Heartworm Diagnosis in Dogs

If heartworm disease isn't detected early, it can pose serious health risks to your dog. That said, the earlier you diagnose a heartworm infestation in your pet, the better you can protect your four-legged friend.

Unfortunately, there are no early signs to show that your dog has a heartworm infestation. The easiest way to detect whether your dog is infested is to have your vet perform a heartworm test.

The test involves taking a small blood sample from your dog and testing for the presence of heartworm proteins. Heartworm proteins become detectable in your dog's bloodstream several months after an infected mosquito has bitten your dog; at least five months, to be more specific.

When Should Your Dog Be Tested for Heartworms?

Many factors will determine how often you should test your dog for heartworms. However, your pet should be tested annually for heartworm infection. That said, here are factors to guide on heartworm testing and timing:

  • When did you last administer heartworm prevention to your dog? If you have a puppy under seven months, you can simply start them on heartworm prevention (the heartworm test isn't necessary). After that, have your pet tested after six months and then perform annual tests in the future.
  • How old is your dog? If your dog is seven months or older and hasn't received heartworm prevention, prior testing is necessary before starting on heartworm prevention. After that, have your pet tested after six months and 12 months and annual tests afterward.
  • Have you traveled with your dog lately? You should also have your dog tested for heartworm if you traveled to an area more prone to heartworm infection.

You still need to test your dog for heartworm annually, even when they are on heartworm prevention, to ensure that they are safe and heartworm free.

How to Treat Heartworms in Dogs

Receiving news that your dog has tested positive for heartworms is devastating. However, if the disease is diagnosed early, it can be successfully treated.

If your dog is showing signs of the disease, your vet will first focus on stabilizing your dog before killing the immature and adult worms. Also, care should be taken to ensure that the treatment doesn't put your dog at further risk.

Heartworm treatment in dogs is a long process involving many steps. The treatment can take up to six months before you experience positive results, and testing is necessary to confirm whether the treatment is effective.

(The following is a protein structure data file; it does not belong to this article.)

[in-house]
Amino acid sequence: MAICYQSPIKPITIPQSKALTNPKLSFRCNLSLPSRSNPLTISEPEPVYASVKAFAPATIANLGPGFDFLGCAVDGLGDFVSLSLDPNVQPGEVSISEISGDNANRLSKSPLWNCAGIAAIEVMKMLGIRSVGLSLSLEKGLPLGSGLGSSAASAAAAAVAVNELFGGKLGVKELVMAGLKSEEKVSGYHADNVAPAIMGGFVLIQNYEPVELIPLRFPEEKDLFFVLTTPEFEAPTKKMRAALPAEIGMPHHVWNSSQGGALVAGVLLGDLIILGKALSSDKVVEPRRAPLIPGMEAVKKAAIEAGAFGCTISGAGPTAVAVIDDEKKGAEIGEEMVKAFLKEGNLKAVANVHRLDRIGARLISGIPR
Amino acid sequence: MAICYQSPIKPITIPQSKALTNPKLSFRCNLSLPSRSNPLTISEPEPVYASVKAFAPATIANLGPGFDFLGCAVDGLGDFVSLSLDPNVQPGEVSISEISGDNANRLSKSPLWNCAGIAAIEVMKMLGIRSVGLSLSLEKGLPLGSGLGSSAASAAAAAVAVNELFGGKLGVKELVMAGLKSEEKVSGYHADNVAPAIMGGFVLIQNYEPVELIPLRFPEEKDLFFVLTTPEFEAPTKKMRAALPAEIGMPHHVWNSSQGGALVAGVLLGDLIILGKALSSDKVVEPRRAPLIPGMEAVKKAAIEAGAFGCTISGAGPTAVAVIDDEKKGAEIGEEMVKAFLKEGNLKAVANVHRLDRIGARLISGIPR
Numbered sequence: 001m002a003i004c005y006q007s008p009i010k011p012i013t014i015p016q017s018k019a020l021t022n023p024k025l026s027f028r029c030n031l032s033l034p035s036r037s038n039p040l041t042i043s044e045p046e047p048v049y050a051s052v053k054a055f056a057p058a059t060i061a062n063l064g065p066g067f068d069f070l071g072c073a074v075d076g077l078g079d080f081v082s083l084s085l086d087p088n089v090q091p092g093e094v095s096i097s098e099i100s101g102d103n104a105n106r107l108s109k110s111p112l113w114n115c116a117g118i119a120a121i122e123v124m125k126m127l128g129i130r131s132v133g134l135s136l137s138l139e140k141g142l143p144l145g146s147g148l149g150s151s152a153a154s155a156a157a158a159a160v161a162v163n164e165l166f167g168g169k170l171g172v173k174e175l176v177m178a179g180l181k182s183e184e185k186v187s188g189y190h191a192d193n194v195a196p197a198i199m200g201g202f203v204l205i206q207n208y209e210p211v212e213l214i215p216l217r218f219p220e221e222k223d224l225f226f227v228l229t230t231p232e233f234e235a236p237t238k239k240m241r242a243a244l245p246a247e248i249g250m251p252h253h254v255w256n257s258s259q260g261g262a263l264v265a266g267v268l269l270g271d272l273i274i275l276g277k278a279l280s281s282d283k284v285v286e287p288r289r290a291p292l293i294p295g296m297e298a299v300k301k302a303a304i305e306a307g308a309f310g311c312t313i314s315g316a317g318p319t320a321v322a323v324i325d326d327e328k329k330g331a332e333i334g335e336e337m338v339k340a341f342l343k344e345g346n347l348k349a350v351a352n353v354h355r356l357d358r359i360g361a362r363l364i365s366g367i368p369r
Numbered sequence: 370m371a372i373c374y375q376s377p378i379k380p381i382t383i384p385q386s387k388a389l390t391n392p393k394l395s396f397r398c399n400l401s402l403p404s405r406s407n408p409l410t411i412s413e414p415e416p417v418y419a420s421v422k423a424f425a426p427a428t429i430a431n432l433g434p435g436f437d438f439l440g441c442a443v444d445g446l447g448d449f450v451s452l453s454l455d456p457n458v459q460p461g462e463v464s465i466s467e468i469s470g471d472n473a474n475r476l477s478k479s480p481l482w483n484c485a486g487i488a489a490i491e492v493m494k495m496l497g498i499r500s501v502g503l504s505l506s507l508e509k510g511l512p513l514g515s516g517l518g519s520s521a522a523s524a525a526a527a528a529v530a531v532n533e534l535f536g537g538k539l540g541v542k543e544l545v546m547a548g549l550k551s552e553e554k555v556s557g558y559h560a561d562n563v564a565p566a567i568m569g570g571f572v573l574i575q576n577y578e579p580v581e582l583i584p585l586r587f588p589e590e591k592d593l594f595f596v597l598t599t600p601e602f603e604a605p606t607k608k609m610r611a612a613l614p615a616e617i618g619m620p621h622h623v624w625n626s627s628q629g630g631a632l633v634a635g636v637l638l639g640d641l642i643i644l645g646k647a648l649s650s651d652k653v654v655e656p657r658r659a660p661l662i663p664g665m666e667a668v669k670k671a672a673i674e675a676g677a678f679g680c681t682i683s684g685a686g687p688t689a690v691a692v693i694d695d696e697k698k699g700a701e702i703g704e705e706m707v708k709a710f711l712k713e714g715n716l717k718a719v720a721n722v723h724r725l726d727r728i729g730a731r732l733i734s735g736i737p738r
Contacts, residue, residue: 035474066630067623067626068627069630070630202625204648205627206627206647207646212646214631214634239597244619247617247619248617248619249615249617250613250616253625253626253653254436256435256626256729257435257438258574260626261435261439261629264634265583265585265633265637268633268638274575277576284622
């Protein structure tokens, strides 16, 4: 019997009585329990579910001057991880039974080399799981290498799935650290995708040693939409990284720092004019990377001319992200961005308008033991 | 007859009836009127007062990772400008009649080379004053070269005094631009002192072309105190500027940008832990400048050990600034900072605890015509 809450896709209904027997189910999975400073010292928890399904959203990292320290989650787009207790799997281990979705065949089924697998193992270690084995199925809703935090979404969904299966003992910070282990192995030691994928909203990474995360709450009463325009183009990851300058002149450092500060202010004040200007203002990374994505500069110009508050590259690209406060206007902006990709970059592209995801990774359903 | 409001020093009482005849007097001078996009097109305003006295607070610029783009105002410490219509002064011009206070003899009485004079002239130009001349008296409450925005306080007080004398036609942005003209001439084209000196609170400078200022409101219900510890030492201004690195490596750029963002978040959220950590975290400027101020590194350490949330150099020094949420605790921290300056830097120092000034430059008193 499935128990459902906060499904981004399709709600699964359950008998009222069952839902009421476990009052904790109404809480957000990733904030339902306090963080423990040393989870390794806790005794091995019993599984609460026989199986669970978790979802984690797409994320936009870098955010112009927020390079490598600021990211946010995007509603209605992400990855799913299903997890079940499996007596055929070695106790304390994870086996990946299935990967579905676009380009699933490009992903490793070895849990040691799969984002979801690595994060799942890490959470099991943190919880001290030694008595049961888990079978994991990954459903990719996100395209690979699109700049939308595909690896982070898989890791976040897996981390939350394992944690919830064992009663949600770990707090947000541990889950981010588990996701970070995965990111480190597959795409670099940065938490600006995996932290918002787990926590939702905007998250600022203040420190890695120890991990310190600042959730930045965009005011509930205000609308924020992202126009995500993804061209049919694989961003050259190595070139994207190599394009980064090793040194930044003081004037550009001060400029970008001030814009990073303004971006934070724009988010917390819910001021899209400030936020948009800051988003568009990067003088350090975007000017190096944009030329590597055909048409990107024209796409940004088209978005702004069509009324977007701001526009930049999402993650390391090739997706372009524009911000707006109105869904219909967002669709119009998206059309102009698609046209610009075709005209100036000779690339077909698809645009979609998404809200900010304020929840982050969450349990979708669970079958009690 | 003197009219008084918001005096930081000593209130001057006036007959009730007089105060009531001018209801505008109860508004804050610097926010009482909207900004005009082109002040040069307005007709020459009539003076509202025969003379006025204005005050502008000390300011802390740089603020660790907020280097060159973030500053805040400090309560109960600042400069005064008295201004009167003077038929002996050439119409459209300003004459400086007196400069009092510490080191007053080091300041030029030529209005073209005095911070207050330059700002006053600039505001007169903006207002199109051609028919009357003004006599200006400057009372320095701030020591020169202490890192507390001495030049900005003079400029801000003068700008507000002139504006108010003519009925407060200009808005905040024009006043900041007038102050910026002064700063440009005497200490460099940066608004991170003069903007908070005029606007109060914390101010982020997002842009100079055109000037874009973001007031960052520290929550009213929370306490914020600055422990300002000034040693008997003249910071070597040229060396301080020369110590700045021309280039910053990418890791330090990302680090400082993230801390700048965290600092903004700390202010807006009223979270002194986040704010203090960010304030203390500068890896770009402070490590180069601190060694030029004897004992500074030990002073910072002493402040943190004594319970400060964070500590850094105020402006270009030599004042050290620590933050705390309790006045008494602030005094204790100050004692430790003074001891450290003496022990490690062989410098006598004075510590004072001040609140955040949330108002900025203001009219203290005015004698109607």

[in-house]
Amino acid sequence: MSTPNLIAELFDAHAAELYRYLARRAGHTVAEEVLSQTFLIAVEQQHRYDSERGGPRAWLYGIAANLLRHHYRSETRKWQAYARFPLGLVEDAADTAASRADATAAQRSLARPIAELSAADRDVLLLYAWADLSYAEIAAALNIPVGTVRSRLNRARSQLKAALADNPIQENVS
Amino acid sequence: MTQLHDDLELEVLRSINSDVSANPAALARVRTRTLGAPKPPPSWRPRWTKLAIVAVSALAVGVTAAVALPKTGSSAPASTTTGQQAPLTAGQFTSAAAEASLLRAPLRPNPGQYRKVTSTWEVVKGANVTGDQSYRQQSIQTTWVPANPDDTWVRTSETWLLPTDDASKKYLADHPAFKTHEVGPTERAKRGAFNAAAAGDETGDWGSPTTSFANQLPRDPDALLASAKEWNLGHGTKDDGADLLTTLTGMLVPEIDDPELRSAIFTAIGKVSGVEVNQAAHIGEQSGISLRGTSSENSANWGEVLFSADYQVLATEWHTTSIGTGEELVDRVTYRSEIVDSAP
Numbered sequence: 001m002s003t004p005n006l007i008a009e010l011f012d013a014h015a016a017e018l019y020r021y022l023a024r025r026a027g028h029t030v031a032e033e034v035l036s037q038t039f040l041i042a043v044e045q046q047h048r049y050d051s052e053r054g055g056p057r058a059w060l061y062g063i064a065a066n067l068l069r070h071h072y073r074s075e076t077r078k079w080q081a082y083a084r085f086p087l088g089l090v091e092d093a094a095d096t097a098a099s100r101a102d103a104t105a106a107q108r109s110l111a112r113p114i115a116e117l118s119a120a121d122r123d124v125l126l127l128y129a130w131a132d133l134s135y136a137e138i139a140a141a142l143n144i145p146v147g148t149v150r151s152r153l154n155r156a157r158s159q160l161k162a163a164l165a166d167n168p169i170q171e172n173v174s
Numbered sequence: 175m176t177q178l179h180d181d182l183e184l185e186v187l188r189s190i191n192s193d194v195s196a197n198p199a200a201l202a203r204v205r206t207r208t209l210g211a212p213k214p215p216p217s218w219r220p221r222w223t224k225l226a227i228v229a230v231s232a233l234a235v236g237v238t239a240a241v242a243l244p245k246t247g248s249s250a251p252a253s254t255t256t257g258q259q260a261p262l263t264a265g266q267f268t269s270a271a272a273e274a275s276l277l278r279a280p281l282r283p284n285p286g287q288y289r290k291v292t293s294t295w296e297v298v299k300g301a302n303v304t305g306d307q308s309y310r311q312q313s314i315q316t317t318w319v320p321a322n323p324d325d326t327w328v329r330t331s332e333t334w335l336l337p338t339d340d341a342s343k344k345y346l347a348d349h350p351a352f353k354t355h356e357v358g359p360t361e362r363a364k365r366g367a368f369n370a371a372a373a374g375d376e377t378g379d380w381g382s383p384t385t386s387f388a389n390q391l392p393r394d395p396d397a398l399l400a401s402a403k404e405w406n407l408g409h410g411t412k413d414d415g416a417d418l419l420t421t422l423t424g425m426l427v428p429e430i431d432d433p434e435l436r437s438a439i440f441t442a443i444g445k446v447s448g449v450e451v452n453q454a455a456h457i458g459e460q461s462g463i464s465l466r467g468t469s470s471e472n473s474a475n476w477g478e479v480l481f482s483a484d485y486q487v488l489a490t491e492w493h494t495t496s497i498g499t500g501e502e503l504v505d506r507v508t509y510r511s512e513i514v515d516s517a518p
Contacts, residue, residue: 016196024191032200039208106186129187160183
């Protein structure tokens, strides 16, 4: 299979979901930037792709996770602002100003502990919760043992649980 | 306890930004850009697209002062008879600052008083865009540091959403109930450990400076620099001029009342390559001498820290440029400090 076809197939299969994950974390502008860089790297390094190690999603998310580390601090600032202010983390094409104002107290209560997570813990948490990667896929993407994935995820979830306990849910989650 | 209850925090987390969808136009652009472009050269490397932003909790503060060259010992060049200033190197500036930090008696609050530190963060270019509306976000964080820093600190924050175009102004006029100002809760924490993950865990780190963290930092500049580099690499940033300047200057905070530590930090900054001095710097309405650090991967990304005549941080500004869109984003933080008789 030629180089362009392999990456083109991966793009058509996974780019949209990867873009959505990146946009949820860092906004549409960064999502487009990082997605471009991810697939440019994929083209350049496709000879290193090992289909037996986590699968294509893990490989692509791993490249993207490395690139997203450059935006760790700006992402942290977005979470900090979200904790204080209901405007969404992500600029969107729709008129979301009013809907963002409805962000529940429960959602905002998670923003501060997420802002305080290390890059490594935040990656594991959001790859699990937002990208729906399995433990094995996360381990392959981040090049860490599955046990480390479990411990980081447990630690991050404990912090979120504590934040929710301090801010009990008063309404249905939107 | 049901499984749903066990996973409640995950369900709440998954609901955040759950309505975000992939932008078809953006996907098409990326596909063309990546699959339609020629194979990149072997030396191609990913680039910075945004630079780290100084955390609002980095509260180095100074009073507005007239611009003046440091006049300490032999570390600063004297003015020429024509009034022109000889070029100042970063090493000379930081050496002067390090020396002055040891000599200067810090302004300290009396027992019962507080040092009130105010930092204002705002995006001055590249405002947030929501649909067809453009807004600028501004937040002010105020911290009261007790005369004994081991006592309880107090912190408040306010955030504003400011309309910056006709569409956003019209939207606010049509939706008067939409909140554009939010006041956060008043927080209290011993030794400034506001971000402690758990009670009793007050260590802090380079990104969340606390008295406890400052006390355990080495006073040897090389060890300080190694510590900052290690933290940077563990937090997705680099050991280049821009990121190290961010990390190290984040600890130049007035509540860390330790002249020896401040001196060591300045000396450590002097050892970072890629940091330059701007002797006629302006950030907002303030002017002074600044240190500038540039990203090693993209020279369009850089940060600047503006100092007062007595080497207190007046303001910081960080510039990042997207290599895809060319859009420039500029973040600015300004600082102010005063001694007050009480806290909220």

Here is what the heartworm treatment process in dogs involves:

Diagnosis Confirmation

Additional tests are necessary to ascertain whether your dog has heartworm. Heartworm treatment is complex and expensive and should only be administered when necessary.

Exercise Restriction

Restricting routine exercise for your dog is a crucial component of the heartworm treatment process. Physical exercise can increase blood pressure which can increase damage to the heart and lungs by the heartworms. As such, it is best to maintain a lower level of activity during the treatment for better recovery.

Dog Stabilization

Your vet may use appropriate therapy to stabilize your dog's condition before the treatment. Sometimes, your vet may prescribe antibiotics and steroids to kill bacteria inside heartworms, make the treatment more effective, and reduce the risk of an allergic reaction.


Following the above steps, your vet will recommend the best treatment for your dog, depending on the severity of the disease. Melarsomine dihydrochloride is a common FDA-approved drug containing arsenic (a compound used to kill adult heartworms in dogs). Your vet may inject this drug into dogs with stabilized class 1, 2, and 3 heartworm disease.

Surgery may be necessary for severe cases of heartworm disease, although once the disease has progressed to that point the survival rate is unfortunately low.


Your vet will need to test for microfilariae in your dog's bloodstream 30 days after the injection. Another test nine months after treatment is necessary to determine whether adult heartworms and juvenile heartworms were eliminated.

After this, your vet will prescribe the best heartworm prevention for your dog to prevent the disease from occurring again in the future.

As always, is home to the best pet medications, supplements, and foods. Visit our site today to order top quality products for your dog from a family-owned company that truly cares.